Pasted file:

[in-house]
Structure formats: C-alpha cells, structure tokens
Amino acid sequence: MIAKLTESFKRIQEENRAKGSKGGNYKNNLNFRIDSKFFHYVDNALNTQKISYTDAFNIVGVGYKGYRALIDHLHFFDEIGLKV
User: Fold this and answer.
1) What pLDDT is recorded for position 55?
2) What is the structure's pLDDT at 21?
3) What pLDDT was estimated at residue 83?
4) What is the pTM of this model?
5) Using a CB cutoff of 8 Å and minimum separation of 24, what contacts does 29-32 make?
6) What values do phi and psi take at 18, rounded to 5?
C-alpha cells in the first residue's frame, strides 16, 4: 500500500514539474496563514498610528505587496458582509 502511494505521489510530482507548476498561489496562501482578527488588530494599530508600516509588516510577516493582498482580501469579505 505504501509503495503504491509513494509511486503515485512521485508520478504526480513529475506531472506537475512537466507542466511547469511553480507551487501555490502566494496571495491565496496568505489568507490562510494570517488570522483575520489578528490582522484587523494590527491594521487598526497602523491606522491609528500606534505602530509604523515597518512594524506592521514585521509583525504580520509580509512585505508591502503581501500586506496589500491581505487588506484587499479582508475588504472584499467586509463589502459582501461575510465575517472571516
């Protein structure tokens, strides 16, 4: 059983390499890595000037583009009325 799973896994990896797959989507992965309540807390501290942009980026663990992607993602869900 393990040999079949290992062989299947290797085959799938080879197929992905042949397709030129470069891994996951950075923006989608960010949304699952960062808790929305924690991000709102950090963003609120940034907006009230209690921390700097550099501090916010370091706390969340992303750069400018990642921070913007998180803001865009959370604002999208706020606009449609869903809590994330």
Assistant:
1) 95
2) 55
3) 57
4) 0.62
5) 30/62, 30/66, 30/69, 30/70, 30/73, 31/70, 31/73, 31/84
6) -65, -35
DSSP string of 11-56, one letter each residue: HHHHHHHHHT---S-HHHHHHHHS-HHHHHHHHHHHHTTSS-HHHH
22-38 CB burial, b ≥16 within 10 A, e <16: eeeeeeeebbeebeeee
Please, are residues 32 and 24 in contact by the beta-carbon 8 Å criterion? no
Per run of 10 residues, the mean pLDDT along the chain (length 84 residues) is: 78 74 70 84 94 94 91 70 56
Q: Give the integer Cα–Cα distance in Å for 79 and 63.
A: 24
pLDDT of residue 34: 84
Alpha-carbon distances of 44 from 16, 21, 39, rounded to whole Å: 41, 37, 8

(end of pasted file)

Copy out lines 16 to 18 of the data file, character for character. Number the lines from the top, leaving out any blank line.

3) 57
4) 0.62
5) 30/62, 30/66, 30/69, 30/70, 30/73, 31/70, 31/73, 31/84